Harper has real street cred at G8

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Sun Media, Friday, May 27, 2011

The G8 summit has returned to France, where it began as the G5 in 1975, when Valery Giscard-d’Estaing proposed a “walk in the woods” at Rambouillet, where he hosted the leaders of the United States, Britain, West Germany and Japan.

The group expanded to become the G7 in 1976, when the Europeans decided to invite Italy and U.S. president Gerald Ford, who was hosting in Puerto Rico, included Canada to counterbalance overrepresentation by Europe.

Which is how Canada got to the table of the G7, which became the G8 in the 1990s with the inclusion of Russia. The G7 finance ministers and central bankers still meet regularly. The turnover rate among finance ministers is such that Canada’s Jim Flaherty, in office since 2006, is the ranking figure of the group.

Then there’s the G20, which includes emerging economic powers such as China, India and Brazil, which since the onset of the Great Recession in 2008 has become the leading economic summit club.

The recession remains the defining moment not only for the G20 and G8 as institutions, but for its leaders, many of whom have been either been booted unceremoniously from office (Britain’s Gordon Brown) or put on notice by voters in legislative elections (Germany’s Angela Merkel and America’s Barack Obama).

If there’s one thing Stephen Harper’s colleagues understand and respect as practising politicians, it’s that he got himself re-elected in the wake of the economic storm. Even more so, that he graduated from minority to majority status in Parliament.

They’re also aware that Canada has come through the recession in better shape than anyone else, with the lowest deficit and debt to GDP ratios in the group.

Eclipsed by the G20 as an economic forum, the G8 has developed an institutional focus on political issues, and this year’s conversation includes Libya, the Middle East peace process, and the need for a new executive director of the International Monetary Fund.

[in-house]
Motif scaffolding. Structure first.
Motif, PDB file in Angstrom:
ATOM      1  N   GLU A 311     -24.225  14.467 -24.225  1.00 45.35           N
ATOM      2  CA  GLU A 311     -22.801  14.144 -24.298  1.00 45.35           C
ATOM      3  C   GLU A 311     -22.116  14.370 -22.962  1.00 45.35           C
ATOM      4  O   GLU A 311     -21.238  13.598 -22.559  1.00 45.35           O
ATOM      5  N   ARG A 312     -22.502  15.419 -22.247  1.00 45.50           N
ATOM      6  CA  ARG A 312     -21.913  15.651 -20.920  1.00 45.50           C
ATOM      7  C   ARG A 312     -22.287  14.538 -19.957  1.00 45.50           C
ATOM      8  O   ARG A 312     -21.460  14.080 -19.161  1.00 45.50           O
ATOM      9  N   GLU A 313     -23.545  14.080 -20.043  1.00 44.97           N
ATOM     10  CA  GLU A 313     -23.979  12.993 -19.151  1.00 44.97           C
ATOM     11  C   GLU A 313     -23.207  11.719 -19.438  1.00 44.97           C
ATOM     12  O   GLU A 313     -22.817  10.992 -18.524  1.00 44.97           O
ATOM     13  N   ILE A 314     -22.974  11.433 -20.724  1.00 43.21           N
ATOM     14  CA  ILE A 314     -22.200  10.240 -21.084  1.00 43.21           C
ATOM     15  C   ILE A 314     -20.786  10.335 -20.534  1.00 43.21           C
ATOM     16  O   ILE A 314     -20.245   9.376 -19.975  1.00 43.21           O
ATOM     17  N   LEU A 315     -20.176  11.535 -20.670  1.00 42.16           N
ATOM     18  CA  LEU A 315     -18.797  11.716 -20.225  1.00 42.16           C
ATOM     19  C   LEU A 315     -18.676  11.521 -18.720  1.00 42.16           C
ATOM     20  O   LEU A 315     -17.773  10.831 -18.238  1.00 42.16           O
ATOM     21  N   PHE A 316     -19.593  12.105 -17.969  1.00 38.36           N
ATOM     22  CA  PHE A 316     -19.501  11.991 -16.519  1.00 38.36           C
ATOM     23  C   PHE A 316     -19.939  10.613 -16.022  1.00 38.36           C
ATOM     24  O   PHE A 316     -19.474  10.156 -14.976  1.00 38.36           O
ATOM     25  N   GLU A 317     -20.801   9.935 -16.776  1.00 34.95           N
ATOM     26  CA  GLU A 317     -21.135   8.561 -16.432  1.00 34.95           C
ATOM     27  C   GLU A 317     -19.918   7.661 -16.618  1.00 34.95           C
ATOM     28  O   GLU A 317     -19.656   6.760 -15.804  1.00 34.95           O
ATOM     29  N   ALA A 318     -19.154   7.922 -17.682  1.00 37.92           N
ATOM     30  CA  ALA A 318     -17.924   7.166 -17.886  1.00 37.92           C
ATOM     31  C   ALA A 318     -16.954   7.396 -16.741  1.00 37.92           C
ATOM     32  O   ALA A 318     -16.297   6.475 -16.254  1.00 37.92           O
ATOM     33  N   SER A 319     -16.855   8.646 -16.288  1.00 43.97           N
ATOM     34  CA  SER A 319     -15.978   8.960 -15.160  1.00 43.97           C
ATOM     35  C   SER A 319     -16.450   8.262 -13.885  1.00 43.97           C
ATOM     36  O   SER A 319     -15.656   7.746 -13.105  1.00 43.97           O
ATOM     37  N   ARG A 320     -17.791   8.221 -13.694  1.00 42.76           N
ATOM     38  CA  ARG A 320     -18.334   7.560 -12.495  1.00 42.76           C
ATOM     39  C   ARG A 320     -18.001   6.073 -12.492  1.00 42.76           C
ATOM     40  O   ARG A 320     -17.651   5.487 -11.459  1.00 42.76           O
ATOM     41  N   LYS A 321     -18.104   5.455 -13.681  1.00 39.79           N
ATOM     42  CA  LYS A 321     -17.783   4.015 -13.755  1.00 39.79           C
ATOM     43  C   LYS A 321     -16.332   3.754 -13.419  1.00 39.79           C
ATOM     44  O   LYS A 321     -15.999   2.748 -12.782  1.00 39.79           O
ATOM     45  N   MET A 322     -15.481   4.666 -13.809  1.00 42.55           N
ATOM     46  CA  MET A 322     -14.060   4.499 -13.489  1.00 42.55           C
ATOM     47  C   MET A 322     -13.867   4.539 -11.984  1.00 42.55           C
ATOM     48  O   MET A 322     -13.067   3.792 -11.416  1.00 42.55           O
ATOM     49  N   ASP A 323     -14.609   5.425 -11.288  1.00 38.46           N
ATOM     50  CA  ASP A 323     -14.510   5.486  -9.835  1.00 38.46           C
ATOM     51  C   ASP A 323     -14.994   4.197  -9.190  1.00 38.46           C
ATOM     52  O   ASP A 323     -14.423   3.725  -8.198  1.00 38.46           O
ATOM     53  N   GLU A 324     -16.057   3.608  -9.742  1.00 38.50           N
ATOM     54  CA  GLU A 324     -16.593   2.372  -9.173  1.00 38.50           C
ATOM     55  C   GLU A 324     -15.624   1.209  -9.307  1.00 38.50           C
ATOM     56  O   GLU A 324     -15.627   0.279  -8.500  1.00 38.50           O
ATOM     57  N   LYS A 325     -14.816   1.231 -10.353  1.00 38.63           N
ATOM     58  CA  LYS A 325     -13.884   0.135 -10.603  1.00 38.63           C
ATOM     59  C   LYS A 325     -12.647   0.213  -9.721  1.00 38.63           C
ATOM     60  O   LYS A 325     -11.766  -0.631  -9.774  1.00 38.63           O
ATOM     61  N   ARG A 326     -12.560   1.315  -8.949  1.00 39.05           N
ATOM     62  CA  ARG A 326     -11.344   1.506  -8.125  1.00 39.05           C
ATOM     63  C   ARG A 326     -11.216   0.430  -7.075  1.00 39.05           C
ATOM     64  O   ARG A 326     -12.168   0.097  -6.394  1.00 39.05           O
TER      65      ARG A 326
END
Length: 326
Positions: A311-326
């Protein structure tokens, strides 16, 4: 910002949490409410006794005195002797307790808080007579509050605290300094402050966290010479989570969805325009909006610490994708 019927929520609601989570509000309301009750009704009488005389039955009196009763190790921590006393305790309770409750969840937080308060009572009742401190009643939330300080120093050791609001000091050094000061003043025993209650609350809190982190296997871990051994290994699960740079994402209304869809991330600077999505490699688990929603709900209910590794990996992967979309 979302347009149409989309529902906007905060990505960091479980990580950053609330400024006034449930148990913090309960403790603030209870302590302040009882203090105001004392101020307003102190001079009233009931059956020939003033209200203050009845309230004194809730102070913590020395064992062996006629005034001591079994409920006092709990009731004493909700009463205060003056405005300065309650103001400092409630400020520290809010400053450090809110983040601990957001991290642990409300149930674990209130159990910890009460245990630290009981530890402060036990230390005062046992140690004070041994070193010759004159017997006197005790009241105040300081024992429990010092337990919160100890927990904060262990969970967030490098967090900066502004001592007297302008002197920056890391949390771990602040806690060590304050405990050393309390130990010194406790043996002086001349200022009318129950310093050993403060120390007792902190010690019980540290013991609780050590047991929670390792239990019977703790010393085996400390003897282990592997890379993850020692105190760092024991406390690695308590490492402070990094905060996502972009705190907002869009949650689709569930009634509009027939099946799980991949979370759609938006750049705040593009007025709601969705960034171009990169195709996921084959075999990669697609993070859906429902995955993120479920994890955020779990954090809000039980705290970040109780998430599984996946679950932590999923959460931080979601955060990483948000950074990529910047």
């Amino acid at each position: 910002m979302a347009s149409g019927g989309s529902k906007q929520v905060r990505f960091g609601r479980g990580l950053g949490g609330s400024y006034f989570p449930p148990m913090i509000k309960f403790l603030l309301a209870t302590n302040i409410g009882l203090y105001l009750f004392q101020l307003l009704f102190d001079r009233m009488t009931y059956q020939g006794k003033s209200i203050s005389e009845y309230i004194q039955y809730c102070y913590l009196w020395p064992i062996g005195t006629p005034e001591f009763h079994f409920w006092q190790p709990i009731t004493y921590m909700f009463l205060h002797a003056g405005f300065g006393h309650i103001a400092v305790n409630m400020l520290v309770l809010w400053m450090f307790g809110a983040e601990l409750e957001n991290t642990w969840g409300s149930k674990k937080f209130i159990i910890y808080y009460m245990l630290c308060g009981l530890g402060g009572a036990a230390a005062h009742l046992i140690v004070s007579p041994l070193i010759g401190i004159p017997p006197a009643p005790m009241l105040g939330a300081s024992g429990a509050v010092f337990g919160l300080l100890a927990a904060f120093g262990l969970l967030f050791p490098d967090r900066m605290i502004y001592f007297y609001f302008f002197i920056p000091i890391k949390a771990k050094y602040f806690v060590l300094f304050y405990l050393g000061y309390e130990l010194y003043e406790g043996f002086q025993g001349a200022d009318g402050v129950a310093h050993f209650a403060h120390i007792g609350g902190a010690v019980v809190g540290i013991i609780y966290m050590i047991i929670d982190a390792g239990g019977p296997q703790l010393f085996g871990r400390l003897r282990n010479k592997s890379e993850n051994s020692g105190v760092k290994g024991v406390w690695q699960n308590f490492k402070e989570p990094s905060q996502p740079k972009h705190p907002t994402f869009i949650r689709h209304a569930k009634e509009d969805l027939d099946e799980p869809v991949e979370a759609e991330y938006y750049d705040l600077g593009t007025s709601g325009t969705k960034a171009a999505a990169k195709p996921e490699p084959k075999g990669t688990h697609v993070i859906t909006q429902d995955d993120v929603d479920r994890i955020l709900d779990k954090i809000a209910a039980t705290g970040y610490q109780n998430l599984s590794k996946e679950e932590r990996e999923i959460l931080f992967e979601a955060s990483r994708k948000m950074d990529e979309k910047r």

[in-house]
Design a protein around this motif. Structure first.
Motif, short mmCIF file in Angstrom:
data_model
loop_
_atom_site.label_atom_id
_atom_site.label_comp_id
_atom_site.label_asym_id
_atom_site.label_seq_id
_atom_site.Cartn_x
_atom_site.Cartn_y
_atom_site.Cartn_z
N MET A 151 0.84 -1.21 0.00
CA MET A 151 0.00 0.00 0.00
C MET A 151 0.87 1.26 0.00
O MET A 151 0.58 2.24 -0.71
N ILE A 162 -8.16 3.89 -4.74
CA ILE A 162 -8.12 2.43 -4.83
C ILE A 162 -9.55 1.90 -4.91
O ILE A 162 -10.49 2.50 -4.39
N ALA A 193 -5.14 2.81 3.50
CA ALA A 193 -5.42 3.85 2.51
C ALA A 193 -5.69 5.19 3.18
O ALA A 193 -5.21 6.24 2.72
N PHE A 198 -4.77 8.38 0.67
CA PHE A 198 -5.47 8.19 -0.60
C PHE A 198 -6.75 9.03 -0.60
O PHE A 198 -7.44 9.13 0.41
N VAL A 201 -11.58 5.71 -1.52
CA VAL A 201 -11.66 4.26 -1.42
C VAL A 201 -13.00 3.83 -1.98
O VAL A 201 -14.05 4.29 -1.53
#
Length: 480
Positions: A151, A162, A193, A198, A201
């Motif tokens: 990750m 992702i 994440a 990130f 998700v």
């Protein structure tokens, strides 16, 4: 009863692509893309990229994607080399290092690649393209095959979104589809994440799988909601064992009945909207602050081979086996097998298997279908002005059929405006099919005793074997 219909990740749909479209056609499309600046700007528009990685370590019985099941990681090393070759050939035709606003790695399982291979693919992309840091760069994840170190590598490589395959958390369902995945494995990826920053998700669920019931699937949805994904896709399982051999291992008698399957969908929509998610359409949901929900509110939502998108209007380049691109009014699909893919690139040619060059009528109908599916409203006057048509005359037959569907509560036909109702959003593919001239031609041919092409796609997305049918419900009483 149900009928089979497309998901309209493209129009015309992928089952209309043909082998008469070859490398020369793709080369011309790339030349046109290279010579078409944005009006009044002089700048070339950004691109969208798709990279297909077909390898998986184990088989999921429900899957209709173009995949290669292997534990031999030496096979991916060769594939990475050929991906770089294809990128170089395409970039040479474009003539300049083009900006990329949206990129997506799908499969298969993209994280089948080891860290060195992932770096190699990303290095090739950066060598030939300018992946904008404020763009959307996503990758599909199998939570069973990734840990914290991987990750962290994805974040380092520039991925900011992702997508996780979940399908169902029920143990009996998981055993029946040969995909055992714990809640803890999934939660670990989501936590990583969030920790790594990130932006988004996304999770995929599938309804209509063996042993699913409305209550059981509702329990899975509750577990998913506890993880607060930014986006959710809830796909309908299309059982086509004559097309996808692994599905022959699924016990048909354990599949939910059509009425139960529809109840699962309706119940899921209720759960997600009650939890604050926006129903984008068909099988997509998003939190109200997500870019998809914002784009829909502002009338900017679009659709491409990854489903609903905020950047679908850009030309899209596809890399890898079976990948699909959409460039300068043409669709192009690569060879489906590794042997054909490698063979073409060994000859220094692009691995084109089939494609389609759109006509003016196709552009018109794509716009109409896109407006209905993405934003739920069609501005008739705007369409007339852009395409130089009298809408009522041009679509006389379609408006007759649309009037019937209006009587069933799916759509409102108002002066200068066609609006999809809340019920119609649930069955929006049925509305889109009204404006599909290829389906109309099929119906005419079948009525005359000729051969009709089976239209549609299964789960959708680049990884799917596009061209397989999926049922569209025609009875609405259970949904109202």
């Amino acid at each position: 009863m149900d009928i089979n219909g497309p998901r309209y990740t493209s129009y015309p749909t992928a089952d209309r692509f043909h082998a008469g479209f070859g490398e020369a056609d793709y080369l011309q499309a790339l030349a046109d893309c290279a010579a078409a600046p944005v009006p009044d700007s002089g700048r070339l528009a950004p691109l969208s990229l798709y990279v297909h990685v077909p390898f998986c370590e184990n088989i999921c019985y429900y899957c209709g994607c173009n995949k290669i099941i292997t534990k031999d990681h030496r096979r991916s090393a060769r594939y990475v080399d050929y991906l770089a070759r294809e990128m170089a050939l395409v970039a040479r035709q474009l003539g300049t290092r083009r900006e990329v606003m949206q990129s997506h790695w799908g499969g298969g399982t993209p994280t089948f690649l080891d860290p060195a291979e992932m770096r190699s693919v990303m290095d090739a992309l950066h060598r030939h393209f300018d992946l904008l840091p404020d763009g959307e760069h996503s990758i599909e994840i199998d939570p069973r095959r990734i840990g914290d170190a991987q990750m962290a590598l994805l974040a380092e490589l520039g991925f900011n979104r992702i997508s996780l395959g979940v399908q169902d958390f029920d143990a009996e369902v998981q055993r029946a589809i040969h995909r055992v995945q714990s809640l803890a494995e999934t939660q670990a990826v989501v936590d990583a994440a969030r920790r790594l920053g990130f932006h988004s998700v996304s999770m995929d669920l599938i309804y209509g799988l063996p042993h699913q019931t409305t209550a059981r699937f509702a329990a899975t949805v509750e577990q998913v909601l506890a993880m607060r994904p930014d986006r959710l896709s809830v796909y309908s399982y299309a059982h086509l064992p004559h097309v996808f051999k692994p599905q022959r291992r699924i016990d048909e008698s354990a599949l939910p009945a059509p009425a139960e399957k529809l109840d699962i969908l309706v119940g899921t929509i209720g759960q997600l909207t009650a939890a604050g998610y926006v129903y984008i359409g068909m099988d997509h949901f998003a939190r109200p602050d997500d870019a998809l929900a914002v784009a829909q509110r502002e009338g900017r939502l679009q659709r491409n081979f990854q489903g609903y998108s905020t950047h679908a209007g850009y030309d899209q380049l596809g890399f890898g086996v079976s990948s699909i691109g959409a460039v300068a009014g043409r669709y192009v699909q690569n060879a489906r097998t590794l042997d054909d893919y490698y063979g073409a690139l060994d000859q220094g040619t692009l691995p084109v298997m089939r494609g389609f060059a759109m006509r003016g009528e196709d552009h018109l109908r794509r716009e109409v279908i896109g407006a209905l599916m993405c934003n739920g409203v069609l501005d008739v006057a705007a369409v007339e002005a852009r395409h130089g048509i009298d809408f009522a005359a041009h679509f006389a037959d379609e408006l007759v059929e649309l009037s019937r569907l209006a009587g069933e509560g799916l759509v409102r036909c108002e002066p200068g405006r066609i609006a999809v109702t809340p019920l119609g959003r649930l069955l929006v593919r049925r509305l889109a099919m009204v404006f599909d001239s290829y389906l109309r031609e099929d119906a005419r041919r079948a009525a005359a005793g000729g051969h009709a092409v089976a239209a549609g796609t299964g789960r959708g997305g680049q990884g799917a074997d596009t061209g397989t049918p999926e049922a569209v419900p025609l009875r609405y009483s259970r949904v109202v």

Harper may be taking a bit of distance from Obama on the Israeli-Palestinian issue. Obama’s reference to “1967 borders” with land swaps on the West Bank was not well received by the Israelis, and he’s spent most of the last week clarifying, if not backtracking. Usually, the U.S. president looks over his shoulder at Canada and says, “they’re with us.” This time, not so much. Harper’s support of Israel is unstinting, perhaps making him a bit of an odd man out.

Clarity on Libya

On Libya, it’s time for some clarity on the end-game. If the objective is to take out Moammar Gadhafi, it’s time to say so. Meantime, everyone from Obama to Britain’s David Cameron is grateful for the way Canada has stepped up with air power and naval support for the UN-sanctioned, NATO led operation.

As for replacing Dominique Strauss-Kahn at the head of the IMF — here’s the deal. Since the founding of the World Bank and the IMF at the end of the Second World War, an American has always been president of the Bank and a European has always been head of the IMF.

Which is why French Finance Minister Christine Lagarde will get the call. This is fine with Canada. The problem with European banks, European sovereign debt, and the whole euro crisis of confidence, is in Europe. Let a European deal with it.

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